The Mathers chose off-grid living for environmental reasons, but the decision to go off-grid can sometimes make sense purely in financial terms. To begin with, if you live in a truly remote area and want to go off-grid, installing renewable energy systems will often be less expensive than paying the utility company to extend a power line to your property. In fact, some states require that the utility provide information on renewable energy alternatives whenever a customer requests a power line extension.


One of the easiest factors to calculate is individual renewable energy incentives. In the United States, small wind turbines currently qualify for a federal tax credit of 30 percent, which is scheduled to continue through 2016. The Department of Energy’s wind guide recommends 10 mph as a minimum average wind speed if you want to consider installing a grid-connected turbine.


What else do you really need to know if you’re considering wind energy? Paul Gipe, author of Wind Power: Renewable Energy for Home, Farm and Business, has been researching and writing about wind turbines since the mid-1970s. While he’s a big supporter of renewable energy, he’s also an outspoken consumer advocate.


Here’s his short list of things consumers need to know about small wind turbines.


Tower Height. First, yes, you really do need that tall tower, because average wind speeds increase substantially with height. “For a small, residential-sized turbine, it should be at least 80 to 100 feet tall,” Gipe says. You’ll see wind turbines mounted on shorter towers, and they may be producing some electricity — just likely not as much electricity as you’d want, and making the financial side of wind work out is difficult if you’re not producing enough power.


Roof Mounting. “Never put a wind turbine on the roof,” Gipe advises. This comes up all the time, because a big part of the expense of the turbine is the tower, and people are looking for ways to save a little money. This isn’t the way to do it, however.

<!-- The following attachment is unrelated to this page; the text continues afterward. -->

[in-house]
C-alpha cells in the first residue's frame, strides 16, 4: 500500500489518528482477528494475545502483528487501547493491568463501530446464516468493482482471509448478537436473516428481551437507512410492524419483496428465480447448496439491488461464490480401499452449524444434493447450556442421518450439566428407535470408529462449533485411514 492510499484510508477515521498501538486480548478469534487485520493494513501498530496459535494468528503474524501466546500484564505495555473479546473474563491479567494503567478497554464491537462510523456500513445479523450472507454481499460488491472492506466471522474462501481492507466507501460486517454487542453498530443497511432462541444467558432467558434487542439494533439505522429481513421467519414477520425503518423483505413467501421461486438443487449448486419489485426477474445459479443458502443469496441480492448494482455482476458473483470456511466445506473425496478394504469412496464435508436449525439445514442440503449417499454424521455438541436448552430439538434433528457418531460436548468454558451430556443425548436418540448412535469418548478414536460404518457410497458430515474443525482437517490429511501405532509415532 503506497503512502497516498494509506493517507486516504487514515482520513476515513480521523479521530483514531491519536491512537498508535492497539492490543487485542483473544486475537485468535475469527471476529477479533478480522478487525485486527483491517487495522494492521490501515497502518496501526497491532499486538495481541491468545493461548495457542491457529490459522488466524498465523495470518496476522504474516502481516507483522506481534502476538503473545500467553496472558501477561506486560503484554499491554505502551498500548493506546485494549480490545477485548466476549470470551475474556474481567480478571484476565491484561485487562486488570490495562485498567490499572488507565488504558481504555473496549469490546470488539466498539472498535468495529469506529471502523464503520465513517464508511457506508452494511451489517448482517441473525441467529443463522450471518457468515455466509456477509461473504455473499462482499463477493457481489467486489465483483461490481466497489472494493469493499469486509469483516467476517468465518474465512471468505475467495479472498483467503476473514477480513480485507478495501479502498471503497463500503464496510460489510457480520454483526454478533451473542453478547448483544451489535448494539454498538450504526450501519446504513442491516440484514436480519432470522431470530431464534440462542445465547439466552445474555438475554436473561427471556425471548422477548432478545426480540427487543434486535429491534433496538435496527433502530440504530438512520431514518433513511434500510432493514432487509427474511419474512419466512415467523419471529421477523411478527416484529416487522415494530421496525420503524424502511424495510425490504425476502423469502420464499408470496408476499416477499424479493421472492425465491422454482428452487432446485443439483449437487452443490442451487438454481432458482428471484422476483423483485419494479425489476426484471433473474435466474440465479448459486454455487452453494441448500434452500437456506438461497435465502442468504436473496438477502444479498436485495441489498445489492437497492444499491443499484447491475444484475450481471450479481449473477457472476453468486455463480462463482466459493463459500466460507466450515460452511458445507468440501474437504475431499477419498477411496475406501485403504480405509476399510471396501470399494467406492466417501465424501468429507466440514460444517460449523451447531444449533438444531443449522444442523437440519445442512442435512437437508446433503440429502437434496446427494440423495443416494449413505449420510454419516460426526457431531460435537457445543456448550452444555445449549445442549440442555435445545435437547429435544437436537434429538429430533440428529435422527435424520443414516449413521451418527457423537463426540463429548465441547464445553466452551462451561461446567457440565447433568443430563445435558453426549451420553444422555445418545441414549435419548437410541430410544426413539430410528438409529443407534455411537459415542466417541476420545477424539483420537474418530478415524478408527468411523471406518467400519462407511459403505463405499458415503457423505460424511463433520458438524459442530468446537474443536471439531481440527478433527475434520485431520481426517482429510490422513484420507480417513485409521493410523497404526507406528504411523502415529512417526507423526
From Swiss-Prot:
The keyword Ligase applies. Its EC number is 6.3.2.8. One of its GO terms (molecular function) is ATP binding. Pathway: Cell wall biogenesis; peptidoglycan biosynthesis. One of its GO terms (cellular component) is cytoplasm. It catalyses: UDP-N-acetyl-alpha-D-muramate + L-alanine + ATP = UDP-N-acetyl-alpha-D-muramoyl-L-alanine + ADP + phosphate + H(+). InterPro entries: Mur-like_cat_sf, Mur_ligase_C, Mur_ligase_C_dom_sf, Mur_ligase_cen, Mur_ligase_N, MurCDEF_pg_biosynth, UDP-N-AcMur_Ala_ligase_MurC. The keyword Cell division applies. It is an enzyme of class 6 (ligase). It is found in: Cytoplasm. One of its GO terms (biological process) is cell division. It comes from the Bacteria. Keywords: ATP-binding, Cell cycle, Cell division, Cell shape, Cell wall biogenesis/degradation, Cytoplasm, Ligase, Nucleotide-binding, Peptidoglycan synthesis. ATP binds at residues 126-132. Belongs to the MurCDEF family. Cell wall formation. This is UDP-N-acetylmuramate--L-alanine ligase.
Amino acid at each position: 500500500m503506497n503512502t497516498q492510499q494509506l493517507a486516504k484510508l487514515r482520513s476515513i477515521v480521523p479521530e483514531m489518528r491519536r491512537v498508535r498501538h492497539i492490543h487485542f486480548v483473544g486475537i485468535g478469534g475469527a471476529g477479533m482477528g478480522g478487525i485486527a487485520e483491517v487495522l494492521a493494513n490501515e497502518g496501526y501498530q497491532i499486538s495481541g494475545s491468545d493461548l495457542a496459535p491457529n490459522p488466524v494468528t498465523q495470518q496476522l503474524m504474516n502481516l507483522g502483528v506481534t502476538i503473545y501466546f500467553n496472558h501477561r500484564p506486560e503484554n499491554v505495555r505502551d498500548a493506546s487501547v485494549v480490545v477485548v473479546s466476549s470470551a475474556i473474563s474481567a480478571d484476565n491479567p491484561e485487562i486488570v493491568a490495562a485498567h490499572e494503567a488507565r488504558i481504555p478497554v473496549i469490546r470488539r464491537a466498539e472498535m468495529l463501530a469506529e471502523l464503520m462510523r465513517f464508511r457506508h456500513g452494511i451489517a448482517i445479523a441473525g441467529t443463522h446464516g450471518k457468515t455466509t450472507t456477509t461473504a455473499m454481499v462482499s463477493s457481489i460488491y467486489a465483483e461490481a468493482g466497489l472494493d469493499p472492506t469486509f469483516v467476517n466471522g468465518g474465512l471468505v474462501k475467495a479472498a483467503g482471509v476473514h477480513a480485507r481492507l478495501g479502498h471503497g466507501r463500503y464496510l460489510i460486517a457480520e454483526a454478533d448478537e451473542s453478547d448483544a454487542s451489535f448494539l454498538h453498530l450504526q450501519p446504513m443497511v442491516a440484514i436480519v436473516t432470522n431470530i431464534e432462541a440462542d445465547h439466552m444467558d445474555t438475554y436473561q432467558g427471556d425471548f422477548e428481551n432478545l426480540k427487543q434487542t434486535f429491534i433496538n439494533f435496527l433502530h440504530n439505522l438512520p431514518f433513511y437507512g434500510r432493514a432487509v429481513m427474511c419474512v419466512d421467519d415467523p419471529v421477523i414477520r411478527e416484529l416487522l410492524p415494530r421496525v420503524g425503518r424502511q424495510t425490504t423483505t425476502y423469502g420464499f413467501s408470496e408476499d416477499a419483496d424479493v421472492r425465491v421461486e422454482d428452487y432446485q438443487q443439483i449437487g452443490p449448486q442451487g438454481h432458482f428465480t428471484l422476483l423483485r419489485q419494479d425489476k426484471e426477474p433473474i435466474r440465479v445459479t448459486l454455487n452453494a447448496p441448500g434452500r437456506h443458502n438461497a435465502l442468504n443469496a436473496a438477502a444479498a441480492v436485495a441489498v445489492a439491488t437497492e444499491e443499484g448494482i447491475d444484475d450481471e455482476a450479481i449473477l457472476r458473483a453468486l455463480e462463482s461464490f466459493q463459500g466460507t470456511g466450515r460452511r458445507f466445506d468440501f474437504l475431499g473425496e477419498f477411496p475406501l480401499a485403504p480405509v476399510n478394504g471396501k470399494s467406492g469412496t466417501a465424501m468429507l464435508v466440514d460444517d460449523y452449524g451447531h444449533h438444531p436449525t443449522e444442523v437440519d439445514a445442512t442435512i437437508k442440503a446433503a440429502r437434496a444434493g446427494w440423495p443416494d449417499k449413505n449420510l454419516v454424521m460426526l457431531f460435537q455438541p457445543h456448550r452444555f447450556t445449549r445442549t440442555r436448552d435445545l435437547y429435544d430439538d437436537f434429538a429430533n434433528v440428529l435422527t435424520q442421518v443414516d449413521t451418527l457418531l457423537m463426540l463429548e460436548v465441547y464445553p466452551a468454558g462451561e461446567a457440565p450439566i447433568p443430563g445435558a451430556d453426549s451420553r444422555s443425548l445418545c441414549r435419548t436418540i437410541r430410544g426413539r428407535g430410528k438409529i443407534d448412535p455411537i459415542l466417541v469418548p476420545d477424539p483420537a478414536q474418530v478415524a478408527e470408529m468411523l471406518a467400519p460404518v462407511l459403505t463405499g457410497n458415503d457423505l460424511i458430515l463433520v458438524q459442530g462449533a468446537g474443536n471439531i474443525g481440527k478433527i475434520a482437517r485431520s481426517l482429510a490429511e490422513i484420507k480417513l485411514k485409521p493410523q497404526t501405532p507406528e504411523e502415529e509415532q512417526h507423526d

Certification. Avoid being seduced by a new wind turbine design that sounds wonderful but doesn’t have the test data to back it up. Look for established manufacturers with a proven track record and certified test results that show how much electricity you will be able to produce.


Safety. “Make sure that the turbine can be safely serviced and operated,” Gipe says. “Based on available technology, that means making sure that the tower can be safely lowered to the ground.” In other words, consider a tilt-down tower rather than one that requires you to work on the wind turbine 100 feet in the air.


Ivanko and Kivirist have a few additional words of wisdom: Get insurance. They didn’t have to do anything special to get liability insurance — it was just one more item listed on their homeowners insurance policy, Ivanko explains. However, they also insured their wind turbine against damages, and were grateful they had done so when the blades cracked during a severe storm last year.


And some final words from Cam and Michelle Mather: Don’t be intimidated — you can do it! When the Mathers went off the grid 15 years ago, they couldn’t find anyone in their area who knew about solar panels or wind turbines, so they had to learn everything themselves.


Excerpted from MOTHER EARTH NEWS, the Original Guide to Living Wisely. To read more articles from MOTHER EARTH NEWS, please visit or call (800) 234-3368 to subscribe. Copyright 2014 by Ogden Publications Inc.



Find how-to and DIY wind plans and pre-built [plus estimation] at these sites:



I found a 400W system for $285 [didn’t include batteries or stand] but will operate at wind speeds as low as 7mph at:




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Grab These Useful, Free e-books


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Reduce your grocery bill with printable coupons from SmartSource - click here - and MySavings - click here.




Find DIY and Homemade ideas here:


Yours in freedom,

Bruce ‘the Poor Man’